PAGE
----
Digital book sales currently only count for 9% of the book market, yet so many people funeralize (is that even a word?) printed books. As a bookstore, we currently do not offer e-books as part of our inventory, yet sales continue to climb.
It was great meeting you at the 2010 Faith & Fiction Retreat in Atlanta. Have a great day!!! :- )
I believe 4.99 is a fair price for an ebook; however 2.99 is a good price for books that have been previously released. Your current readers will have no problem buying the book again because they won’t feel like their being charged a higher price for something they already have. New readers think it’s a fair price to try someone new.
As a reader I have a problem paying the same price as the book when it’s an ebook. There should be some type of discount since I’m not getting a hard copy. I feel like you’re trying to force me to choose the hard copy. As a reader who collects books, I don’t have to be forced to choose. If I want your book, I’ll buy the hard copy and the ebook because I want them both in my collection.
Remember Ebooks are about instant gratification, if I can get two books for 2.99 vs one book for 4.99. Which do you think I’ll buy?
Don’t overprice your book, thinking we the readers don’t respect your work. We do, but in this time of tight pocketbooks, the ebook reader will go for the less one first.
I like your strategy. I haven’t begun to buy books to replace my print library but yes, I plan to do so after I buy a tablet. Right now I only have my phone as my e-reader.
Ebook pricing is so dicey. Some people don’t want to pay anything above $0.99 but that’s not realistic. I agree with LaShaunda. $2.99 seems like a good price for a previously released title. When you have a new title, you might even consider dropping the price to $0.99 on one</i to attract new readers to your body of work. That strategy seems to work also.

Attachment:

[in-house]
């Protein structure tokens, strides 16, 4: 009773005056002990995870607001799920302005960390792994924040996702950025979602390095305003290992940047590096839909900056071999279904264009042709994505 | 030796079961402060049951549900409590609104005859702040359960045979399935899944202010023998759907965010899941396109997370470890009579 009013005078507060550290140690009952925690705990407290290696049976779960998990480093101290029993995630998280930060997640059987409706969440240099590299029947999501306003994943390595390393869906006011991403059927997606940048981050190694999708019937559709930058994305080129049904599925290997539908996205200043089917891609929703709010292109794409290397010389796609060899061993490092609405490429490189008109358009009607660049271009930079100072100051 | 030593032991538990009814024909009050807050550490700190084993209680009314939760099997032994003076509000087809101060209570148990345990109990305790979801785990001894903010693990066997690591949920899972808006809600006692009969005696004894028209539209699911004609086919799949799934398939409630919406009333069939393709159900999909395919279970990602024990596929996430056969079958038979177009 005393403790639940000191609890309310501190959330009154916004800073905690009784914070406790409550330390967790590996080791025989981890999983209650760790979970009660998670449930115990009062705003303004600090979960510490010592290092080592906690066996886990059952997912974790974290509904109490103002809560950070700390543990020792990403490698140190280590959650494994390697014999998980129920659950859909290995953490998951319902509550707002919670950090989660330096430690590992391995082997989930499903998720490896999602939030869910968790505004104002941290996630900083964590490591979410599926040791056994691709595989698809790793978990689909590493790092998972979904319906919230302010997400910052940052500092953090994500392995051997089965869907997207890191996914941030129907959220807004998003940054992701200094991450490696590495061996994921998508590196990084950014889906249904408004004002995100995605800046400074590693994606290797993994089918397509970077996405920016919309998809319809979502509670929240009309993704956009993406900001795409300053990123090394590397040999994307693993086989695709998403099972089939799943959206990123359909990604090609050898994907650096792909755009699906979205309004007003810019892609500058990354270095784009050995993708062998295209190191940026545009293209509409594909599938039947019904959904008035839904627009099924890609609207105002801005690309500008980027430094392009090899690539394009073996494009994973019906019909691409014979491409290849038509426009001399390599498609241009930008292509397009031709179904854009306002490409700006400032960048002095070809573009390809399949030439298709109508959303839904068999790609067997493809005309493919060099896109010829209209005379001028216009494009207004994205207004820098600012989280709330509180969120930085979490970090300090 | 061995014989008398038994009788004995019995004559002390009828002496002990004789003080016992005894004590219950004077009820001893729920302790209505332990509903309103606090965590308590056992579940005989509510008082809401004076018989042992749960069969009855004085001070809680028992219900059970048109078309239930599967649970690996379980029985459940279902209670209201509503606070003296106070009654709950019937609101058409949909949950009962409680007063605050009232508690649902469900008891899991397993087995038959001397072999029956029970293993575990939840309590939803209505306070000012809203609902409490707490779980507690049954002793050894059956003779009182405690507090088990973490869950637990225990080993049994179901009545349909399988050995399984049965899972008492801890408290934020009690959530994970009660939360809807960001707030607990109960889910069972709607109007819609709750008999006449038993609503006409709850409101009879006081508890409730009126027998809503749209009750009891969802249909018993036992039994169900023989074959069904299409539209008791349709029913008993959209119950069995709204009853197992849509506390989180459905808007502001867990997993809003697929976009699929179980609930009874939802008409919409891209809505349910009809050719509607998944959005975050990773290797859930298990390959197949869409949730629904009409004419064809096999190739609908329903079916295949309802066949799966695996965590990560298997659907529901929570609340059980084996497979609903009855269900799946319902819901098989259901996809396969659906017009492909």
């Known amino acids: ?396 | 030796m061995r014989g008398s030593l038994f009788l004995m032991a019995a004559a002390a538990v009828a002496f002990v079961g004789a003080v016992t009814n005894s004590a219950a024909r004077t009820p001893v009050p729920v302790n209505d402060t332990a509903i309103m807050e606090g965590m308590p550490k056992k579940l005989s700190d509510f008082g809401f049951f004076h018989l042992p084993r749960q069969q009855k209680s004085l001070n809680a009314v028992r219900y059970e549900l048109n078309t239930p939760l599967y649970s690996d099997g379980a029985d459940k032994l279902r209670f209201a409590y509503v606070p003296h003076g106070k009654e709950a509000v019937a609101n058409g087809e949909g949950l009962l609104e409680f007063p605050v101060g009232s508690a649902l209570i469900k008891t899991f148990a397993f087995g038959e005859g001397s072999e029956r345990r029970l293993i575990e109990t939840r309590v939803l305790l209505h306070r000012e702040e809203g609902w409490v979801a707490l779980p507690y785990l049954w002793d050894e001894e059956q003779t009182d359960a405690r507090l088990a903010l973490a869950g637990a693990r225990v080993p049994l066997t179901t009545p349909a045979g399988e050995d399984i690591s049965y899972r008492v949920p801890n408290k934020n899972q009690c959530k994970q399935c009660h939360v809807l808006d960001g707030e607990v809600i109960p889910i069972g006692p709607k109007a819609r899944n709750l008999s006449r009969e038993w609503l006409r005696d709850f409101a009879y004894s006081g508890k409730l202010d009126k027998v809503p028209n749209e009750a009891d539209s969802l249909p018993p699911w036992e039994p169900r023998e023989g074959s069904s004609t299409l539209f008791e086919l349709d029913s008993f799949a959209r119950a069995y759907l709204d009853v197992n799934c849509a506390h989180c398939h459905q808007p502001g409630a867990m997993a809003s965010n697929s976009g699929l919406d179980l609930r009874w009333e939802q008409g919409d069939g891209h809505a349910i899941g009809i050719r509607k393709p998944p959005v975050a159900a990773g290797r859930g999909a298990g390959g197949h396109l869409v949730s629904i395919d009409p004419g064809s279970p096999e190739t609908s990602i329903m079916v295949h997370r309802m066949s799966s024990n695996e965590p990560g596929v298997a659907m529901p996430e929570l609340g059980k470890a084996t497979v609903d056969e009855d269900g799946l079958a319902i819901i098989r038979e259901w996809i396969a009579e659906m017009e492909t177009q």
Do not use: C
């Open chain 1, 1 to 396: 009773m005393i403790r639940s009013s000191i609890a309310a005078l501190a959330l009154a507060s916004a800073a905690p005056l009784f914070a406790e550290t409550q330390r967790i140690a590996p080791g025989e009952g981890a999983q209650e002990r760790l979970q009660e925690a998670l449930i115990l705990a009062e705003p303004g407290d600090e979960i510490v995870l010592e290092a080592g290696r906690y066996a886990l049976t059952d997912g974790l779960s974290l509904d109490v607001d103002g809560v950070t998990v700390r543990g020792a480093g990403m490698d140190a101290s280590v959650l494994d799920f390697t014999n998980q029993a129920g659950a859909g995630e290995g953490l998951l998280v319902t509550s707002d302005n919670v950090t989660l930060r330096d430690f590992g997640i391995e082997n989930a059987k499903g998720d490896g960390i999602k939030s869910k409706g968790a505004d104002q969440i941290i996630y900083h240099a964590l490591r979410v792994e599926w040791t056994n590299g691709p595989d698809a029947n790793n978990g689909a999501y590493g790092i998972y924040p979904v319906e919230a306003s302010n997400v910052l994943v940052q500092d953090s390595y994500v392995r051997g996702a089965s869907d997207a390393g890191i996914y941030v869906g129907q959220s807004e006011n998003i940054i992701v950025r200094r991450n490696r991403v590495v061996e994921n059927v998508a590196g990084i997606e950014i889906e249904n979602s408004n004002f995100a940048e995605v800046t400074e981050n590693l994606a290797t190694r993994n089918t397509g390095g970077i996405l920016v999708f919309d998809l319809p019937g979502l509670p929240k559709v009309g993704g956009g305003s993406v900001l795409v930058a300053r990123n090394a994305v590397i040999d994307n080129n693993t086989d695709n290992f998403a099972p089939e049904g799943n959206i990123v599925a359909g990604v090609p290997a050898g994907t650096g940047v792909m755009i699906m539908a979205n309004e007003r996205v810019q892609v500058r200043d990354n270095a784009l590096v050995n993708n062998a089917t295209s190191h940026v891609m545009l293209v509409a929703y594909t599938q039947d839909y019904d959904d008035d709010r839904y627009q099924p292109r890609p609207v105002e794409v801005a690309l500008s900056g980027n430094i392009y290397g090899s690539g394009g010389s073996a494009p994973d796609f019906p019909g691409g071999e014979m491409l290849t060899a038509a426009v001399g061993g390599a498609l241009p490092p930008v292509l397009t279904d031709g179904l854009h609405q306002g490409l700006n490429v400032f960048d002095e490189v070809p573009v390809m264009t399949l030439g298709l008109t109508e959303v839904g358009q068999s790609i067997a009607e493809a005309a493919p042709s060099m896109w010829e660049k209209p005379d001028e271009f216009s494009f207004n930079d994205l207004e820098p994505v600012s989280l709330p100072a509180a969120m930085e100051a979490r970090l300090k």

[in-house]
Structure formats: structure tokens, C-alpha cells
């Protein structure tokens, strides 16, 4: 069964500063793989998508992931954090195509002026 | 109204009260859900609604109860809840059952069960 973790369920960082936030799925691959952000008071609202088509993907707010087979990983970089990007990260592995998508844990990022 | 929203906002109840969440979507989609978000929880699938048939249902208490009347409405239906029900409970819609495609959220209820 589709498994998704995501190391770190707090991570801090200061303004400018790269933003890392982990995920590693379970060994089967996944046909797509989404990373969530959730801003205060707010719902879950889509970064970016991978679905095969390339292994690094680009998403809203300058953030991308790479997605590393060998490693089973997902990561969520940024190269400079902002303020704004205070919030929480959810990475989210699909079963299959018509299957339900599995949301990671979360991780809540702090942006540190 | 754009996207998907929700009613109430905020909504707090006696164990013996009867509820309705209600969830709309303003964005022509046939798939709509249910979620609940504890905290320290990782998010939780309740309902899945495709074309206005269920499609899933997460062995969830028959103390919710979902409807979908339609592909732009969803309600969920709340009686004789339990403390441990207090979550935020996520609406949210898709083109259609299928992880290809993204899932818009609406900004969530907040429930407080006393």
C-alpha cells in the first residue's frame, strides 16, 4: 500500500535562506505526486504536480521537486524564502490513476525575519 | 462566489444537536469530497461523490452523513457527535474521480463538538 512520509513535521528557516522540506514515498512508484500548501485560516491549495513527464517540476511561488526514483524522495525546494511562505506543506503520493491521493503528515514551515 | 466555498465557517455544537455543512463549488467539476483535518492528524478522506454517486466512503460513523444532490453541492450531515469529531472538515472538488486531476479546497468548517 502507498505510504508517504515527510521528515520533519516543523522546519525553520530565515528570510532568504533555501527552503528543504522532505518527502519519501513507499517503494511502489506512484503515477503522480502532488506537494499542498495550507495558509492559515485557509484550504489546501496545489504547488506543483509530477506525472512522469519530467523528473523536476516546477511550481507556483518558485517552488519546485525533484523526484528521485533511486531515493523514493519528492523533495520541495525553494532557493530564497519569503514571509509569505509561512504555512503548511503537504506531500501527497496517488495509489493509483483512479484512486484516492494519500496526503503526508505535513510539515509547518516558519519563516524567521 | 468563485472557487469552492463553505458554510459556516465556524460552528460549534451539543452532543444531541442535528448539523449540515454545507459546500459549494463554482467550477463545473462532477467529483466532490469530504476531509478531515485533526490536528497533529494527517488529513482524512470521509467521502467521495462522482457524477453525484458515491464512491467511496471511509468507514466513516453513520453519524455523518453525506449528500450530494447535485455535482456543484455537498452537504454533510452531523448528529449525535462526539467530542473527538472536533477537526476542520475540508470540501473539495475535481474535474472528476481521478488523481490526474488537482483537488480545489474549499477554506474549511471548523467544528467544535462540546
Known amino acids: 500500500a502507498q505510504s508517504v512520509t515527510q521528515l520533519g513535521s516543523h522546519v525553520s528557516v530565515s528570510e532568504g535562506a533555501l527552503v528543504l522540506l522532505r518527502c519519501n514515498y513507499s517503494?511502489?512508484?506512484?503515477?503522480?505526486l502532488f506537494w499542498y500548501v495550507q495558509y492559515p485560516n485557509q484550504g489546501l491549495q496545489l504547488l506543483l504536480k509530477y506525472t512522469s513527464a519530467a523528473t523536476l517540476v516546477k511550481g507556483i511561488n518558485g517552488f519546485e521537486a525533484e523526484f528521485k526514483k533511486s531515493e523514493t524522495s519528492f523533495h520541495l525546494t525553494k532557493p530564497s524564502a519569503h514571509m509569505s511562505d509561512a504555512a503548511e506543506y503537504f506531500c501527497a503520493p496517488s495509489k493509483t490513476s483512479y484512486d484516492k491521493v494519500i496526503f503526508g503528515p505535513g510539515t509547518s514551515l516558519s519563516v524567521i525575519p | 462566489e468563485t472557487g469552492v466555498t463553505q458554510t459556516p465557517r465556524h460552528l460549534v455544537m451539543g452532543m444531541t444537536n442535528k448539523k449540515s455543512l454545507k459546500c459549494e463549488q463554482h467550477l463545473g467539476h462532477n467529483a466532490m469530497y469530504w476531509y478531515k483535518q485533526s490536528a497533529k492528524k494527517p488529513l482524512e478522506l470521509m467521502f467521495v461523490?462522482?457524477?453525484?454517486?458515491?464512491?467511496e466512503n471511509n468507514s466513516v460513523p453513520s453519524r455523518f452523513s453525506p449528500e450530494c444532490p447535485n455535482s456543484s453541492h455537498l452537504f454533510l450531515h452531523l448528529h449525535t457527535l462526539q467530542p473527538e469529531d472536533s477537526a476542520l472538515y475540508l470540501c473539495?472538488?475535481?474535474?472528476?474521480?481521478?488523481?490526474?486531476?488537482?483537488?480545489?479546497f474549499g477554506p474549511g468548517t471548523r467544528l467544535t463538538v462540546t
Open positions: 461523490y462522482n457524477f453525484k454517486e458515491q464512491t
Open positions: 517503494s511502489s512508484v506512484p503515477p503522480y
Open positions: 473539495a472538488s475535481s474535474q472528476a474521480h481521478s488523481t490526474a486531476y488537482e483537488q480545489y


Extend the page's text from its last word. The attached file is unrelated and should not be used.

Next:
What I won’t do is pay $9.99 or higher for an ebook. No one can explain the economics to me in a way that makes that make sense when I don’t come away with a physical book that I can hold, share, etc.
LaShaunda, I’d never thought about this readers wanting to be compensated for not getting a hard copy. Very interesting perspective. I’m glad not to be bothered with the hard copy.
Patricia, Steve Laube tries to explain why the price differential in print and ebooks is not as large as people expect. Let me know what you think.
Ellis, congrats on the success of your store. Do you make a distinction between republished backlist and new titles in terms of pricing?
I price my backlist titles at $3.29 (up from the former $2.99). My original titles will be higher, depending on length, between $3.49 and $4.49. I will probably eventually get up to $4.99, but I’m not ready to do that yet. I think this is fair, that I’m not selling myself cheap but not over-charging, either (the eBook I just released is about 125,000 words). I’d also like to stay in the same general range as prices traditional publishers charge. I did the 99-cent thing for a bit with my first original title, but decided I was getting cheated and raised the price. Sales dropped, but that’s okay. I’m going to try the free thing with my next backlist title and see how that works.